Another equally fascinating character was Peloquin, the Nightbreed who bit Boone and transformed him into a Nightbreed. He was one of the most powerful and dangerous Nightbreeds due to his red complexion, blue eyes, and many dreadlocks, as well as his ability to grant humans the ability to cheat death.

    After Rachel, the shapeshifter, Narcisse, Boone’s devoted buddy, had the most Humane appearance. He not only supported Boone through thick and thin, but he also lost his life in the process, at least metaphorically.

    The most astounding feature of the film has to be its background score and especially the opening theme, which were given by Danny Elfman. He is recognised for composing music for films such as Men in Black and television shows such as The Simpsons.

    The opening theme, with its choral melody that is equal parts fascinating and unsettling, establishes the tone for the picture even before the opening credits appear on the screen.

    With this lovely music playing in the background, we catch glimpses of several of the monsters who would eventually play key roles in the film. The following section of the opening credits leads us through a sequence of paintings, which serves as the film’s backstory.

    If you’ve already seen the movie, go back and look at these paintings; you’ll see that they’re in chronological order. The film then begins with a chase sequence in which a pack of beasts, including ShunaSassi and Lude, chase someone, and they retreat as soon as the person runs out of an iron gate.

    And that’s it, our protagonist Boone wakes up from his dream. It turns out that Boone often suffers from nightmares about a place called Midian and the monstrous entities that reside there. With him is his pretty little girlfriend, Lori. She has no idea what’s about to happen in the next couple of hours of the film’s runtime, but she takes it alright.

    Moving on, Boone tells her how Boone has been avoiding calls from his psychiatrist, Decker. Later that day, Decker calls back. The bad, bad shrink successfully intimidates Boone into seeing him.

    The next scene shows our good friend Dr. Decker entering the house of a happy and chubby family, the parents are way too much in love. He begins by slashing the mother before moving on to the father.

    He walks up the stairs to the young child and kills him off the screen after assuring that the home is painted in their blood; otherwise, the Motion Picture Association would have awarded the film a lower rating.

    As Dr. Decker, Cronenberg portrays one of the most ruthless serial killers, his profession and placid attitude evoking the iconic Hannibal Lecter. However, while Hannibals like Sir Anthony Hopkins and MadsMikkelsen could swing a knife or a machete flawlessly, Cronenberg was a little dodgy at action sequences; nonetheless, full points to him for acting.


    Boone finally pays a visit to Dr. Decker, and the film picks up steam from there. We find that Boone must have talked about nightmares in which he saw slain families, and that he was quite specific about the crime scenes.

    As a result, Decker continued to murder families and stage crime scenes in the manner of Boone’s fantasies. He becomes persuaded that he is a serial killer after seeing images of killings performed in the same manner as his dreams, and he has no recollection of any of his crimes. Decker makes matters worse by giving him strong hallucinogenic tablets to take.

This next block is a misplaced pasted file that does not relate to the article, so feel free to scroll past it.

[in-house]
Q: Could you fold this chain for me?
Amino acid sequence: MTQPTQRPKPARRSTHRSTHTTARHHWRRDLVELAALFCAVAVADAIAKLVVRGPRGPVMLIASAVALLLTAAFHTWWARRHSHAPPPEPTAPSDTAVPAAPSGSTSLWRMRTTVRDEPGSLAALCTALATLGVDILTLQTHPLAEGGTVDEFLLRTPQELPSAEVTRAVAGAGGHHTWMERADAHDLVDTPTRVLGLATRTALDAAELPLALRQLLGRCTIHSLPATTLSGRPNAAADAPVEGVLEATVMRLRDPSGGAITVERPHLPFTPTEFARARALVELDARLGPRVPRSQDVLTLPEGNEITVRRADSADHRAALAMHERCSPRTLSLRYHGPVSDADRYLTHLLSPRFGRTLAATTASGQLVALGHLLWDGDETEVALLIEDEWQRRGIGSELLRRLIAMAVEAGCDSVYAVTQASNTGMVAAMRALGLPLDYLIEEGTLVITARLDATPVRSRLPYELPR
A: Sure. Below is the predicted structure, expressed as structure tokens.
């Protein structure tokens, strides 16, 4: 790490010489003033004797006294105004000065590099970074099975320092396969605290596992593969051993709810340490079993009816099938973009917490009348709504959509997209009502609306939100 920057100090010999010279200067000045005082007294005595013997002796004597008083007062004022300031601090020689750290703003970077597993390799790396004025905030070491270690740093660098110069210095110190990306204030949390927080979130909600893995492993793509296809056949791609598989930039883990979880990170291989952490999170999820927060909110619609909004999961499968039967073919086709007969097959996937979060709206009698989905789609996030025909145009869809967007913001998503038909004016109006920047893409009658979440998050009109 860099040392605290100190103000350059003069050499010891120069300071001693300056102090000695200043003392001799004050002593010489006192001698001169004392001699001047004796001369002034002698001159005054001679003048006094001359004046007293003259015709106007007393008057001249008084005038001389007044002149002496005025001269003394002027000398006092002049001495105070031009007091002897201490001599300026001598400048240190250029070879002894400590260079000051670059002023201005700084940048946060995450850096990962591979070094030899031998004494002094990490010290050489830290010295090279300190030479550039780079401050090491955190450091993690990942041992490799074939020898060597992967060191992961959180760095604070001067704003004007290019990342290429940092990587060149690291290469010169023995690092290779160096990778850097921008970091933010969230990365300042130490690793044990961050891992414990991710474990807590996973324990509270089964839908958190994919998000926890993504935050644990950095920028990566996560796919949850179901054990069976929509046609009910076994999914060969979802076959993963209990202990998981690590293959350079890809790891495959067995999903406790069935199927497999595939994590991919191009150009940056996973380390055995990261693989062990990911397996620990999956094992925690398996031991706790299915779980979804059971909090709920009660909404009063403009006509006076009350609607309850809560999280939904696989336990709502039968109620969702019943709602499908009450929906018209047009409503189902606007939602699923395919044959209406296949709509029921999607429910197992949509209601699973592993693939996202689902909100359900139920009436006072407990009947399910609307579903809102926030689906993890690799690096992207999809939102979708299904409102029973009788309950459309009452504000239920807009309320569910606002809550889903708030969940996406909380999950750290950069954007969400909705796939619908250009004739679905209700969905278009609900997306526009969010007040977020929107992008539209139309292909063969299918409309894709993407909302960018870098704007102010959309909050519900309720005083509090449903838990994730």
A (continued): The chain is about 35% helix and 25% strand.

Boone goes to see his girlfriend at her singing event, but has a panic attack and has to leave right away. Boone loses all control of his physical and mental self, and, haunted by the images Decker showed him, Boone attempts to commit suicide by jumping in front of a moving truck.

    He ends up in a psychiatric ward and finds another patient named Narcisse who blabbers something about Midian. Boone fools him into telling the address of Midian, but when Boone tries to flee the place, Narcisse cuts open his scalp in an attempt to convince Boone to take him to Midian.

    The ensuing chaos helps Boone to escape the spot. Decker arrives with the police and offers to analyze Narcisse. Meanwhile, Boone begins his journey to the lost city of Midian.

    Boone comes into what appears to be a graveyard in the middle of nowhere and decides to sleep there for some reason. The intricate settings and gorgeous matte paintings served as the icing on the cake, as fascinating as the film’s monsters were.

    The matte painting may be seen clearly in the scene where Boone first sees Midian. It’s not quite as good as James Cameron’s for Escape from New York, but it gets the job done.

    He meets Kinski, a creature with a crescent moon-shaped face, and Peloquin, a demonic-like entity whose description is best expressed by looking at him. At this point, all of Boone’s doubts fade away with the day’s light, and what was once his nightmare became his reality.

    Kinski suggests that he should be taken below to the actual city, but Peloquin differs and intends to eat him. Peloquin has a strange power to smell innocence, and only Nightbreedsand undead sinners are allowed to take refuge in Midian. He bites Boone on his neck, but Boone manages to flee.

    However, his freedom is short-lived because, outside the graveyard, he is met with the police and Decker. The evil doctor offers to be the negotiator of sorts and approaches Boone, but he tricks the cops into believing that he had a gun. The cops seemed to be extremely trigger-happy because, despite repeated requests from their detective to hold fire, they go on shooting the crap out of poor Boone.

    Lori learns about the events after Boone’s body is brought to the morgue. However, the wound from Peloquin’s bite begins to come alive in an unusual turn of events. Boone’s body is later discovered to be missing.


    Lori realises she needs to go to Midian if she wants to get answers after hearing this. This is the start of Lori’s enormous efforts and sacrifices to save her one true love, or at the very least to assist him in his travels.

    On her way to Midian, Lori befriends a woman named Sheryl in a bar. After hearing Lori’s story, Sheryl offers to drive together to Midian. Meanwhile, Boone gets initiated into the town of Midian in an elaborate ceremony performed by the leader named Lylesburg.